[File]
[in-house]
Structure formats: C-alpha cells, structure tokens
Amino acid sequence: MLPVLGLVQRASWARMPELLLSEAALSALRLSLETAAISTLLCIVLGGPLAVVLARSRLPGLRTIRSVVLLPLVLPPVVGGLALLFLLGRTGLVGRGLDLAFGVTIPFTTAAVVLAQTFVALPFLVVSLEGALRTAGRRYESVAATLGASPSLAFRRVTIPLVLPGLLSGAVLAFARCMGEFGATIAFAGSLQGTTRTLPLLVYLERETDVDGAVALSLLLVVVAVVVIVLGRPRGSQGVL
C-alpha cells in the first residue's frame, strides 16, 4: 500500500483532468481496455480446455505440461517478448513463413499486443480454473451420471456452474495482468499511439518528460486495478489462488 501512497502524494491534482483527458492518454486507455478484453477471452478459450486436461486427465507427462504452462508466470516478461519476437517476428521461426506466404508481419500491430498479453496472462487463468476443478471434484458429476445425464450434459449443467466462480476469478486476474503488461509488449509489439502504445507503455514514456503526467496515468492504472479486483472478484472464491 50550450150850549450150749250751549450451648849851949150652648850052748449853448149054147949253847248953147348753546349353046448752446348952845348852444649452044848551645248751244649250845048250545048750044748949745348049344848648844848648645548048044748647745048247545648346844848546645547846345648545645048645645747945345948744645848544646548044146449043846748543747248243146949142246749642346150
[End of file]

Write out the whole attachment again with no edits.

[in-house]
Structure formats: C-alpha cells, structure tokens
Amino acid sequence: MLPVLGLVQRASWARMPELLLSEAALSALRLSLETAAISTLLCIVLGGPLAVVLARSRLPGLRTIRSVVLLPLVLPPVVGGLALLFLLGRTGLVGRGLDLAFGVTIPFTTAAVVLAQTFVALPFLVVSLEGALRTAGRRYESVAATLGASPSLAFRRVTIPLVLPGLLSGAVLAFARCMGEFGATIAFAGSLQGTTRTLPLLVYLERETDVDGAVALSLLLVVVAVVVIVLGRPRGSQGVL
C-alpha cells in the first residue's frame, strides 16, 4: 500500500483532468481496455480446455505440461517478448513463413499486443480454473451420471456452474495482468499511439518528460486495478489462488 501512497502524494491534482483527458492518454486507455478484453477471452478459450486436461486427465507427462504452462508466470516478461519476437517476428521461426506466404508481419500491430498479453496472462487463468476443478471434484458429476445425464450434459449443467466462480476469478486476474503488461509488449509489439502504445507503455514514456503526467496515468492504472479486483472478484472464491 50550450150850549450150749250751549450451648849851949150652648850052748449853448149054147949253847248953147348753546349353046448752446348952845348852444649452044848551645248751244649250845048250545048750044748949745348049344848648844848648645548048044748647745048247545648346844848546645547846345648545645048645645747945345948744645848544646548044146449043846748543747248243146949142246749642346150